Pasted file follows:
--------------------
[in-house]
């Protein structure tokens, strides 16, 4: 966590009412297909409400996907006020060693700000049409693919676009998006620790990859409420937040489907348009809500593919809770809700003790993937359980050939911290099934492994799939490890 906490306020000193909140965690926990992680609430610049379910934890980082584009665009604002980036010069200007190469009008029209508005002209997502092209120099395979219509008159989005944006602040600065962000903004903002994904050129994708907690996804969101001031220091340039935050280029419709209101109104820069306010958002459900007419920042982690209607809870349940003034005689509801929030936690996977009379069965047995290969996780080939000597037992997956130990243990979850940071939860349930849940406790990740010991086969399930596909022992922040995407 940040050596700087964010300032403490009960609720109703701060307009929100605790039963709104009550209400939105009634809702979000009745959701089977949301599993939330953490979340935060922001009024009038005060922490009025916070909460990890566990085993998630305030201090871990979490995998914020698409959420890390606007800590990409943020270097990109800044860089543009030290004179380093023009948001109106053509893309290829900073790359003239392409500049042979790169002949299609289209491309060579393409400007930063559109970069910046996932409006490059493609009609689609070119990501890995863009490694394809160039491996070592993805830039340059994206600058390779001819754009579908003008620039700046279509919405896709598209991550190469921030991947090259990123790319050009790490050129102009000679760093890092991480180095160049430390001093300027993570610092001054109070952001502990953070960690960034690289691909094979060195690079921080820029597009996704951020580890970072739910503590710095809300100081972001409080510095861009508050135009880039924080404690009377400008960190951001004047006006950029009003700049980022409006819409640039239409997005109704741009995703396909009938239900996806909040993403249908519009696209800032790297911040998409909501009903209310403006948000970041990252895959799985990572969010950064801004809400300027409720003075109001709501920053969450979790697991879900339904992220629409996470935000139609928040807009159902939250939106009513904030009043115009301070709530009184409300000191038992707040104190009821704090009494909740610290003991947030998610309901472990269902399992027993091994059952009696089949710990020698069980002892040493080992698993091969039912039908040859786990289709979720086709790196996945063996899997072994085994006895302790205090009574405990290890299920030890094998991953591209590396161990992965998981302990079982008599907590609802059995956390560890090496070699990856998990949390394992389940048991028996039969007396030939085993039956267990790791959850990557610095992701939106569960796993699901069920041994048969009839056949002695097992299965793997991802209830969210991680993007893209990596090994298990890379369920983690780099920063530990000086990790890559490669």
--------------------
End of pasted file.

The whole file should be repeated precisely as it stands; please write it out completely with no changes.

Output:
[in-house]
């Protein structure tokens, strides 16, 4: 966590009412297909409400996907006020060693700000049409693919676009998006620790990859409420937040489907348009809500593919809770809700003790993937359980050939911290099934492994799939490890 906490306020000193909140965690926990992680609430610049379910934890980082584009665009604002980036010069200007190469009008029209508005002209997502092209120099395979219509008159989005944006602040600065962000903004903002994904050129994708907690996804969101001031220091340039935050280029419709209101109104820069306010958002459900007419920042982690209607809870349940003034005689509801929030936690996977009379069965047995290969996780080939000597037992997956130990243990979850940071939860349930849940406790990740010991086969399930596909022992922040995407 940040050596700087964010300032403490009960609720109703701060307009929100605790039963709104009550209400939105009634809702979000009745959701089977949301599993939330953490979340935060922001009024009038005060922490009025916070909460990890566990085993998630305030201090871990979490995998914020698409959420890390606007800590990409943020270097990109800044860089543009030290004179380093023009948001109106053509893309290829900073790359003239392409500049042979790169002949299609289209491309060579393409400007930063559109970069910046996932409006490059493609009609689609070119990501890995863009490694394809160039491996070592993805830039340059994206600058390779001819754009579908003008620039700046279509919405896709598209991550190469921030991947090259990123790319050009790490050129102009000679760093890092991480180095160049430390001093300027993570610092001054109070952001502990953070960690960034690289691909094979060195690079921080820029597009996704951020580890970072739910503590710095809300100081972001409080510095861009508050135009880039924080404690009377400008960190951001004047006006950029009003700049980022409006819409640039239409997005109704741009995703396909009938239900996806909040993403249908519009696209800032790297911040998409909501009903209310403006948000970041990252895959799985990572969010950064801004809400300027409720003075109001709501920053969450979790697991879900339904992220629409996470935000139609928040807009159902939250939106009513904030009043115009301070709530009184409300000191038992707040104190009821704090009494909740610290003991947030998610309901472990269902399992027993091994059952009696089949710990020698069980002892040493080992698993091969039912039908040859786990289709979720086709790196996945063996899997072994085994006895302790205090009574405990290890299920030890094998991953591209590396161990992965998981302990079982008599907590609802059995956390560890090496070699990856998990949390394992389940048991028996039969007396030939085993039956267990790791959850990557610095992701939106569960796993699901069920041994048969009839056949002695097992299965793997991802209830969210991680993007893209990596090994298990890379369920983690780099920063530990000086990790890559490669």